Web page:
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Rosemary-A Blessing of God

Have you ever heard of the Mediterranean Angle?

No, don’t get afraid. We are not talking about any fictitious story. Actually, we are talking about a Vedic herb which carries great importance in the medicinal field from the Vedic period.

Rosemary is a evergreen shrub with blue flowers. Salvia Rosmarinus, commonly known as rosemary, is a plant with a great fragrance, needle-like leaves, resinous and sweet flavor.

This beneficial spice belongs to the shores of the Mediterranean sea. And in India, we call it "gulmehndi". Taxonomic science sets a worldwide unique name for every living being in this beautiful world. And our very own rosemary has a scientific name: Rosmarinus officinalis.

Hailing from the shores of the Mediterranean Sea, the shrubs do their best in the warm atmosphere. Unlike human beings, the presence of a fair amount of humidity in the air causes speedy growth of plants. They can grow up to several feet in height. In fact, these lucrative Vedic shrubs can grow vigorously under ideal conditions, which can become a bit of a burden if not managed in the proper way. Basically, rosemary can be grown in warm climates as a perennial plant. And in cold areas, rosemary should be grown in a pot and under indoor weather conditions.

A common question might be pop up in your mind:

"Do we know about these ancient shrubs"?

There are lots of uses for rosemary that might surprise you. Rosemary is often used for seasoning poultry, such as lamb, stews, and soups. Sometimes this great plant is used as a decoration in our garden. Those needle-like leaves are used to flavor many foods, such as stuffing and roasting chicken, as this is super beneficial for human health.

Let’s dive into the history of Rosemary

Rosmarinus officinalis has been nurtured by cooks and treasured by apothecaries. Although rosemary is grown in the Mediterranean, it made its way to America with the European settlers in the 17th century. Then soon it spread to South America and global distribution. As a result, natural hybrids have developed from this plant.

There are two types of rosemary plants: those that grow as upright shrubs and those that grow as ground cover. Beyond that, things get more complex, especially since one variety may be sold under several different names.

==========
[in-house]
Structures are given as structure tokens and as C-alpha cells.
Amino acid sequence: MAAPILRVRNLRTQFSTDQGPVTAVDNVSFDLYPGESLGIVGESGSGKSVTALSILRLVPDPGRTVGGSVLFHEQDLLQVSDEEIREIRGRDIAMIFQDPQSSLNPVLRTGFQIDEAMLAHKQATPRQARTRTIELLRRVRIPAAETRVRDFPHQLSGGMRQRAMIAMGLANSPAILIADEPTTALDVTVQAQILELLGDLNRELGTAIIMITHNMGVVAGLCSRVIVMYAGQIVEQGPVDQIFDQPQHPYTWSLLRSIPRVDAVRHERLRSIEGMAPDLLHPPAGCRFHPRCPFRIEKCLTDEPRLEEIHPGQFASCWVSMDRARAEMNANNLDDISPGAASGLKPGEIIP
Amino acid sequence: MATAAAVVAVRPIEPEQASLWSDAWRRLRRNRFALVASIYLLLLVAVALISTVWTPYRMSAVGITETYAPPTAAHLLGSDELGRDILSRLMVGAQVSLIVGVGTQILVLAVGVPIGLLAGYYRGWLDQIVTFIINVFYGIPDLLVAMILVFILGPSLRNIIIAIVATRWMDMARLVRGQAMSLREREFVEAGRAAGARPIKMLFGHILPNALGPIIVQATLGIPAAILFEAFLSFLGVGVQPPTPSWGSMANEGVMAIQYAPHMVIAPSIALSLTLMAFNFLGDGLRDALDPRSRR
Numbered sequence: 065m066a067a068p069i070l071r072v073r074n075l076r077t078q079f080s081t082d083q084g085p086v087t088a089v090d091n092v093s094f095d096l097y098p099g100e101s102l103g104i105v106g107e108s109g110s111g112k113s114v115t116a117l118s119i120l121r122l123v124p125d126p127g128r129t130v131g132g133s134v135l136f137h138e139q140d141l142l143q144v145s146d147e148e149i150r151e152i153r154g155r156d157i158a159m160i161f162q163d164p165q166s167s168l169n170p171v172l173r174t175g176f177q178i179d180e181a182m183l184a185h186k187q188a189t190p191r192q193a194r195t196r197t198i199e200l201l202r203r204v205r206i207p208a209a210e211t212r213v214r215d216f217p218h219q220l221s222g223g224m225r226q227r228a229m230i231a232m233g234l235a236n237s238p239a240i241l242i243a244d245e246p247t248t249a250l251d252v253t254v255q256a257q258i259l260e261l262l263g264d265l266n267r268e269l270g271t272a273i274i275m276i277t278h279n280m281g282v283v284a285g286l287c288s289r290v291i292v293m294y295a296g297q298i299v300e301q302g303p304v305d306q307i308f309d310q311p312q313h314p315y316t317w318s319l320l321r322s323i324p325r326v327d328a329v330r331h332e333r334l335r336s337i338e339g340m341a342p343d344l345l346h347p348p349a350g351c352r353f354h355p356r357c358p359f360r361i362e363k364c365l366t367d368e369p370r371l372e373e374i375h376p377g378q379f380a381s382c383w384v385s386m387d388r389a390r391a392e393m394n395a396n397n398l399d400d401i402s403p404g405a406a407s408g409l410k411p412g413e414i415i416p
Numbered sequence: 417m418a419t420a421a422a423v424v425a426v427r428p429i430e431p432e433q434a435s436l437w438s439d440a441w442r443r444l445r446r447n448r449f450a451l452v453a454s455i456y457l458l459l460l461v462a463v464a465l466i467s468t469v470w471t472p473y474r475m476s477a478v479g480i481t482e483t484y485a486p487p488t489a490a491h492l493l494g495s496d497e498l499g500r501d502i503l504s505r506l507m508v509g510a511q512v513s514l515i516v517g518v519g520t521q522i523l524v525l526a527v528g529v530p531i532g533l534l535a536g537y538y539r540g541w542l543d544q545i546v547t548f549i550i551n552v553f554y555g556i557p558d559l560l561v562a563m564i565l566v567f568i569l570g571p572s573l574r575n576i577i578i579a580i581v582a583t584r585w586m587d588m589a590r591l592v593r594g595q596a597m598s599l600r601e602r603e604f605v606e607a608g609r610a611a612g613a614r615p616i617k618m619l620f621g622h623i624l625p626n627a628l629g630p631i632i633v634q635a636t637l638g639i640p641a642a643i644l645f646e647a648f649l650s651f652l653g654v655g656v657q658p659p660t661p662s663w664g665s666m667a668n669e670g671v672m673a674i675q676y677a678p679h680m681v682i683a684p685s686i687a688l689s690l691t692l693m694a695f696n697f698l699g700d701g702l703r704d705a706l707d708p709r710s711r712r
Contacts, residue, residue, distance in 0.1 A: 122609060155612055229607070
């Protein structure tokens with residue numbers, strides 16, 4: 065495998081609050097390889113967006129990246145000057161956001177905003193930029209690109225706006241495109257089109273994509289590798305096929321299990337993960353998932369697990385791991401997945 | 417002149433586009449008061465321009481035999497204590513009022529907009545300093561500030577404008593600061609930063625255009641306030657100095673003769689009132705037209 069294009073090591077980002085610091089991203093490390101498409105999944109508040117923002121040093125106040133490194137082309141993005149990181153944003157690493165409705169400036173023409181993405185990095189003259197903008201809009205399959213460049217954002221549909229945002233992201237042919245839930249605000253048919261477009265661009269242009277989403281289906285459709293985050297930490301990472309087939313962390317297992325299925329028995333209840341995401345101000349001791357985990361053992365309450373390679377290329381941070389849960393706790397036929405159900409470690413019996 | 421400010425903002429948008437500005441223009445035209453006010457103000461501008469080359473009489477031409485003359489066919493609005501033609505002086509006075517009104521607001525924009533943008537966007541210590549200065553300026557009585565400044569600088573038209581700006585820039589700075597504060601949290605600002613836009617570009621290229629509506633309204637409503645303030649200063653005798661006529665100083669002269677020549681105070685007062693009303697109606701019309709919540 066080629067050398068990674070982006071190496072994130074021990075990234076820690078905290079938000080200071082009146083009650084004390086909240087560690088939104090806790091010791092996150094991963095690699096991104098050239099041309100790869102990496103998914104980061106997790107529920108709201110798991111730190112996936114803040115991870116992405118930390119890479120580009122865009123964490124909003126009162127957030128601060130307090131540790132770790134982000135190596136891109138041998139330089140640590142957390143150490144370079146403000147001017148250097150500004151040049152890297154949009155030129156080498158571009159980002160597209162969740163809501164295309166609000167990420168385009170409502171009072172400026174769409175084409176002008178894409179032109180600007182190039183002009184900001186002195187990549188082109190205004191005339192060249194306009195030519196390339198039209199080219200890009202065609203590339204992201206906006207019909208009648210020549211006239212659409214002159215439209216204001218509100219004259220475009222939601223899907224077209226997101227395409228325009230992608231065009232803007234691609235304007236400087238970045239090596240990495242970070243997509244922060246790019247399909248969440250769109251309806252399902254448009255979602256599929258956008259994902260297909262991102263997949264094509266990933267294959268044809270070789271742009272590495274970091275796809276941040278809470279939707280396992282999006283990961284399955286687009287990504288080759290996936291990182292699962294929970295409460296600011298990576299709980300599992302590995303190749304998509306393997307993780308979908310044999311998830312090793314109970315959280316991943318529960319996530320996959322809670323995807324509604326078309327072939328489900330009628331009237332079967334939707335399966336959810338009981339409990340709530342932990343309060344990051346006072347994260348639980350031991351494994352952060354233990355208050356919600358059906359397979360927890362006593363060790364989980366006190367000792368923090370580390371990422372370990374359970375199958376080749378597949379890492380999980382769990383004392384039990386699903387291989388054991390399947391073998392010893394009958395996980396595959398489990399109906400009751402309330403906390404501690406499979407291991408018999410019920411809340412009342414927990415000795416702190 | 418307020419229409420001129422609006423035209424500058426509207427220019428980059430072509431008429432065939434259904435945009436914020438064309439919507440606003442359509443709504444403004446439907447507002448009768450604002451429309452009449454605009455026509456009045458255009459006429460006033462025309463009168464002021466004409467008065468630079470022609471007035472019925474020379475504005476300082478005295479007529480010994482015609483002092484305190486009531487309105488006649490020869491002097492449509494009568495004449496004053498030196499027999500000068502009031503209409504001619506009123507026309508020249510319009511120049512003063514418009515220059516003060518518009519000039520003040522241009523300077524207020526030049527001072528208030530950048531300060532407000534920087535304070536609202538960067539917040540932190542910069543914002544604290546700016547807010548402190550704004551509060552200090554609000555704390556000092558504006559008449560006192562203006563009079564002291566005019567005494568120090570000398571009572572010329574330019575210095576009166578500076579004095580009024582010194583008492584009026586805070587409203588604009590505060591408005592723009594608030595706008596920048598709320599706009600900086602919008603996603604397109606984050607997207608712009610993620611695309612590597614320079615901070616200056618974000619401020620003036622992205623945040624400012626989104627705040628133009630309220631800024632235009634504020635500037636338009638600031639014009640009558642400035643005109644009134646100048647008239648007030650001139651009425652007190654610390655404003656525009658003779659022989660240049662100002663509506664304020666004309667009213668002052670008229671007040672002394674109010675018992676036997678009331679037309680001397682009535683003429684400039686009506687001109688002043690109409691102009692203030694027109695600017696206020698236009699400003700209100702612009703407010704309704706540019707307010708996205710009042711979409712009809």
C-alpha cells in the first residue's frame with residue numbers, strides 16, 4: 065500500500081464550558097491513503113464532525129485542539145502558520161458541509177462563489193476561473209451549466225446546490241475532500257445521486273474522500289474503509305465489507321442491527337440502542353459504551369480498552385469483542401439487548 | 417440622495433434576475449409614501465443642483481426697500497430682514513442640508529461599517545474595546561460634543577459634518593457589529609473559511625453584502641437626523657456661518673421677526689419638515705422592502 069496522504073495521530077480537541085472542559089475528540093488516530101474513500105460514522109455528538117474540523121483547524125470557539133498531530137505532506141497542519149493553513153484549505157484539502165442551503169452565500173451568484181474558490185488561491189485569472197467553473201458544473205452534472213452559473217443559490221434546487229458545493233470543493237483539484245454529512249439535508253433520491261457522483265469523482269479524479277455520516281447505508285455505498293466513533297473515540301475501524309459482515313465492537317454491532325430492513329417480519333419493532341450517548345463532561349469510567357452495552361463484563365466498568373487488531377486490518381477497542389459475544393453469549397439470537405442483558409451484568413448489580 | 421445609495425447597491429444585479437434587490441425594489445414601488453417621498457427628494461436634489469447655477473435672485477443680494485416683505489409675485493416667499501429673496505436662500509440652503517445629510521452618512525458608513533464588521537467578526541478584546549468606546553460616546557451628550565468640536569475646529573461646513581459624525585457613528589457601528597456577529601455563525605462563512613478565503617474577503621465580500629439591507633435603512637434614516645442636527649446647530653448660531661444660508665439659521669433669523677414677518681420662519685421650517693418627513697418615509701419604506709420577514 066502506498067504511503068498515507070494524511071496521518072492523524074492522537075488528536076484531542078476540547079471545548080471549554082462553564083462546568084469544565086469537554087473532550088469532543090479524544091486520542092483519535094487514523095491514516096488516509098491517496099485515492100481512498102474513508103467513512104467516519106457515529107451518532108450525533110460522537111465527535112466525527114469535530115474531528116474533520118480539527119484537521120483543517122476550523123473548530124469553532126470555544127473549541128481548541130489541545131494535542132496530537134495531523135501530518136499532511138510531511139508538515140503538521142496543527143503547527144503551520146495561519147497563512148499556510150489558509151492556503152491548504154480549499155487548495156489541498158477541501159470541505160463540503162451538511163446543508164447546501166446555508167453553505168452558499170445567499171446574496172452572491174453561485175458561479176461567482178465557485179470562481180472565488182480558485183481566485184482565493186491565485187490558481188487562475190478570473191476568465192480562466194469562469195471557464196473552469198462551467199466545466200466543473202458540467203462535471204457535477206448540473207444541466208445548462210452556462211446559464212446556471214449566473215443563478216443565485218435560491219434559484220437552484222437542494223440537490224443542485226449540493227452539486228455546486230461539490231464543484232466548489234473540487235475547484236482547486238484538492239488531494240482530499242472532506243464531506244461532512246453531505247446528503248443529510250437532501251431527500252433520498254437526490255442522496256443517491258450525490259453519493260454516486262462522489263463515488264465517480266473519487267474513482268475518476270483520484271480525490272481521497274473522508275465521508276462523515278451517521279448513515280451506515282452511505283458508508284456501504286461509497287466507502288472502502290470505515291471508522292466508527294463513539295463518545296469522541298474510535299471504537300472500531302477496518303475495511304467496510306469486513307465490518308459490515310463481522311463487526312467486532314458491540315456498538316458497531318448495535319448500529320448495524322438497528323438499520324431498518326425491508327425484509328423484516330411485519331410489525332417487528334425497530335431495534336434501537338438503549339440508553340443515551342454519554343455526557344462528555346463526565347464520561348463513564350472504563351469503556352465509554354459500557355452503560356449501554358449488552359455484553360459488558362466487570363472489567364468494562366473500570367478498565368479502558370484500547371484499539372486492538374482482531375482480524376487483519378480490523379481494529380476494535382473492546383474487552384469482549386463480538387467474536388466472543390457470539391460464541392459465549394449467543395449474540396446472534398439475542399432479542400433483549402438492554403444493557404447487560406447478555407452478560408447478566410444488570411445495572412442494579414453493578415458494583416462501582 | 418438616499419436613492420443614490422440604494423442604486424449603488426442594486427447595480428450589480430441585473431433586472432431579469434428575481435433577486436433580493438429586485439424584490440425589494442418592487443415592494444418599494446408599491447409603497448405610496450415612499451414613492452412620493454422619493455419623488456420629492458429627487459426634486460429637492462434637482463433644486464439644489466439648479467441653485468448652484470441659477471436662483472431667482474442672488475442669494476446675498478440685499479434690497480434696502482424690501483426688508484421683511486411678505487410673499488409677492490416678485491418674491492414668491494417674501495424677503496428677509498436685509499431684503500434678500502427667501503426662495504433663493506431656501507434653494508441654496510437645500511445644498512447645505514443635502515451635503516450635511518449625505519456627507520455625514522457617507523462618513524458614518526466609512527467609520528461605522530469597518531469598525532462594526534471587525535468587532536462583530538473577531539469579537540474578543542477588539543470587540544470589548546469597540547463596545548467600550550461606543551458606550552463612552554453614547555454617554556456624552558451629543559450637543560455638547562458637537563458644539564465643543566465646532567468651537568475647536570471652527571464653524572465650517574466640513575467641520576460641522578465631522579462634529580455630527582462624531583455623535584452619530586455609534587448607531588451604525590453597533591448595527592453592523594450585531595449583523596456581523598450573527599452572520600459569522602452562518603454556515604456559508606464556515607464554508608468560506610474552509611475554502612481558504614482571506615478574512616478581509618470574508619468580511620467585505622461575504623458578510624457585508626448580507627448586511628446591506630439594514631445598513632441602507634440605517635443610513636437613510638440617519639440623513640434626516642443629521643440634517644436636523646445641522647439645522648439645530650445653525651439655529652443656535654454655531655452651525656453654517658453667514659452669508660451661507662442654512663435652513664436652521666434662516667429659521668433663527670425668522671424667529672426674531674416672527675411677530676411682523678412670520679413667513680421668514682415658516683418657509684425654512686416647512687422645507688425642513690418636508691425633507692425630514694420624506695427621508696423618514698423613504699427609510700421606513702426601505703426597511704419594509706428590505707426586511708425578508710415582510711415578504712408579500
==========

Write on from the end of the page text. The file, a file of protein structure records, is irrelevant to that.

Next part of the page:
A few common types of rosemary:

‘Arp’ is a cold-hardy type of rosemary plant that was named for the town of Arp’s newspaper editor, also named Arp. It was discovered by Madelene Hill. Later on the road, another type of cold-hardy rosemary was named after her, "Madelene Hill".

Keeping those beneficial sides of rosemary in mind, we can compare this ancient herb with the precious metal, gold. In fact, there is a variety named "Golden rosemary". ‘Joyce de Baggio', also known as "golden rain" or "golden rosemary", is indeed somewhat golden in color. It changes its color with the change of the season. That’s why we mistakenly took this as a variegated plant. In spring or fall, the leaves are bright yellow, and in summer they are dark green.

We have previously discussed the long shrub known as rosemary. The boundary plant, which does its best in a pot. Blue Boy Rosemary is a slow-growing herb. The tiny leaves are edible, you need a lot of them. Creeping rosemary actually sounds like what it does. This variety of rosemary makes a lovely scented ground cover.

Next, we are going to introduce you to a special variety of rosemary plant. Let’s talk about a creeping type of rosemary plant to grow. Pink rosemary has small leaves and pale pink flowers that usually bloom in late winter. But this pine-scented rosemary has feathery or wispy types of leaves. Like a few other cultivars, this one can grow out of hand if not pruned in the proper way. But this rosemary suffers no ill effects from pruning.

‘Santana Barbara’ is another type of trailing rosemary that can grow up to 1 m. or more.

Rosemary is not only known for its good taste and flavorful smell; it is also renowned for the many health benefits it possesses. A good source of iron, calcium, and vitamins A, C, and B-6, for those lucrative qualities, rosemary has been used for its medicinal purposes for thousands of years.

Let’s learn those qualities for which you are going to include rosemary in your daily routine:-

  • It is a rich source of antioxidants and anti-inflammatory compounds that help us boost the immune system and improve blood circulation.

  • Rosemary is a cognitive stimulant that can help improve memory performance and quality. It also need to boost alertness, intelligence, and focus.

  • The aroma of rosemary improves people’s moods, clears the mind, and relieves stress in those with chronic anxiety or stress hormone imbalances.

  • Rosemary oil is very helpful for hair fall problems as it promotes hair growth, prevents baldness, and soothes the scalp.

  • This herb is often used for digestion problems, including heartburn, intestinal gas, liver and gallbladder complaints, and loss of appetite.

  • Rosemary is specifically powerful against bacterial infections. It is linked to preventing staph infections.

  • The nutrients in rosemary help protect skin cells from damage caused by the sun and free radicals.

Rosemary is very useful for human beings when it is applied at a low dosage. But it can cause a few side effects when we take it in excessive amounts. Those adverse symptoms are the following:

  • Ingestion of large amounts may cause stomach upset, intestinal irritation, and kidney failure.

  • Seizures

  • Vomiting

  • Excessive fluids in the lungs, i.e., pulmonary edema

  • May cause miscarriage.

We have discussed a few things about rosemary, but to describe this precious herb in a few words is impossible.

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